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    Environmental Analysis for a Corporation Marketing Power Tools

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    Using the library, Internet, and other resources to research the topic: environmental analysis.

    Answer the following:

    -How would the corporation use the environmental analysis?

    -Conduct an environmental analysis for the power tools market in which the corporation competes.

    Scenario:

    A corporation that markets power tools has just hired you for the newly created position of Director of Strategic Planning and Analysis. The company offers a full range of power tools of professional and consumer quality and serves both consumer and industrial channels. With the exception of circular saws, the corporation's market share is no greater than 3% in any of its product lines. The market share of circular saws is a dominant 40%, with very strong brand equity and loyalty among both professionals and consumers. The quality of the tools, except for circular saws, is considered low to moderate among end-users.

    It is now the general consensus of the corporation's senior management team that in order for the corporation to survive, they must do whatever they can to capture greater share in the two growing segments of the power tools market, consumer channels and cordless products. The corporation has had some success in the cordless business segment, and has gained a reputation as a cordless innovator with a couple of its products. Any beachheads that have been established, however, have evaporated as competitors have essentially copied the product and used their superior marketing power to displace the corporation at the retailers. The corporation has moved on to introduce the next innovative product. This strategy of first in, abandon, and move on has been highly debated within the senior management team, with a desire of some to transfer resources from research and development to the marketing and sales departments.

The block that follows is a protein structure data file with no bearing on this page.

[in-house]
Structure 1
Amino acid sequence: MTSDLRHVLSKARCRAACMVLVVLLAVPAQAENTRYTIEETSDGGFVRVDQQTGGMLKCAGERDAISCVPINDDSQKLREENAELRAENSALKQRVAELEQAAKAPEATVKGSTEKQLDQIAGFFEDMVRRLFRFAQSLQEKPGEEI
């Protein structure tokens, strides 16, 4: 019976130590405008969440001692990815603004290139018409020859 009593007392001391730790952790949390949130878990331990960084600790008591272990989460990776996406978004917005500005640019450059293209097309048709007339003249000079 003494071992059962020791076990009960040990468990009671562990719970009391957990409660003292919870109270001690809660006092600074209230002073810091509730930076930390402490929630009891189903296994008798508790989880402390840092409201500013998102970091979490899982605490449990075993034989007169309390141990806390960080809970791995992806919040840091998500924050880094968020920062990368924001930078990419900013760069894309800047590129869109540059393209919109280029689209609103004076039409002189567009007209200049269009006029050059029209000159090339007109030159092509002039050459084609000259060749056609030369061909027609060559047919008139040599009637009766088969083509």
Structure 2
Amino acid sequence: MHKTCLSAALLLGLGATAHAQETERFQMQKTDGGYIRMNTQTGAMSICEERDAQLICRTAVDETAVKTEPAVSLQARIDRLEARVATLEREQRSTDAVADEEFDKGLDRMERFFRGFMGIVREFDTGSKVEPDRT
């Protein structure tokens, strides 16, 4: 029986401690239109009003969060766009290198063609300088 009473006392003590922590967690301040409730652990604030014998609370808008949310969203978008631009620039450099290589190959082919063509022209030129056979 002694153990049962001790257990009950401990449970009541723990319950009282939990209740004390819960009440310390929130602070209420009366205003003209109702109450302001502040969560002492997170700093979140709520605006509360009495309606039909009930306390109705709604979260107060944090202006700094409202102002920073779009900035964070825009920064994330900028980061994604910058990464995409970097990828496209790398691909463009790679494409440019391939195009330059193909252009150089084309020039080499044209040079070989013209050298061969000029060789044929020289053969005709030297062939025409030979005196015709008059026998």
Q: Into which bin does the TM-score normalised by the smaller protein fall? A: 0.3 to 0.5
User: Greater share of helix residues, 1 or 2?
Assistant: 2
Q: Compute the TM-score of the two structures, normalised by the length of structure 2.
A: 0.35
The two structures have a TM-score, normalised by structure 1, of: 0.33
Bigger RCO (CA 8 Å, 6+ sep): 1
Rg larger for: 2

The corporation has little information on its market share, the size of market, the dynamics that drive the market, or its relative product cost positions. No competitive analysis has been performed in years. The internal information that is available to run the business is inconsistent from one functional department to another. The monthly meetings of the senior management team have been reduced to arguments over the attainment of company metrics, with each department pointing to its own set of reports to support its positions. The friction among the senior management team is having its effect on the rest of the employees of the corporation. Many of the employees fear losing their jobs due to the acquisition. As a result of years of declining sales and layoffs, a culture of pessimism and failure exists. The new owners fear that many employees in key positions will leave the company taking away their industry expertise.

    The corporation's power tools consist of such products as circular saws, drills, routers, reciprocating saws, planes, and hammer drills. Approximately 80% of all power tools sold are corded, while the remaining 20% are cordless. All things being equal, a cordless tool is comparable in price to a similarly featured corded tool. The cordless segment is by far the faster growing of the two at a compound annual rate of 10% versus 3% for corded.

    The power tools market in which the corporation operates is divided into professional and consumer products, consumer and industrial channels, and consumer and professional end users. A professional tool is defined by high reliability, high durability, and enhanced features. They are built to withstand the rigors of daily use by such tradesmen as carpenters, electricians, woodworkers, and plumbers in the performance of their jobs. Professional tools cost more to manufacture, but are sold at high enough prices to realize higher margins than comparable consumer tools. A consumer tool is defined as lower reliability, lower durability and less features, and is primarily used by do-it-yourself individuals for occasional jobs around the home.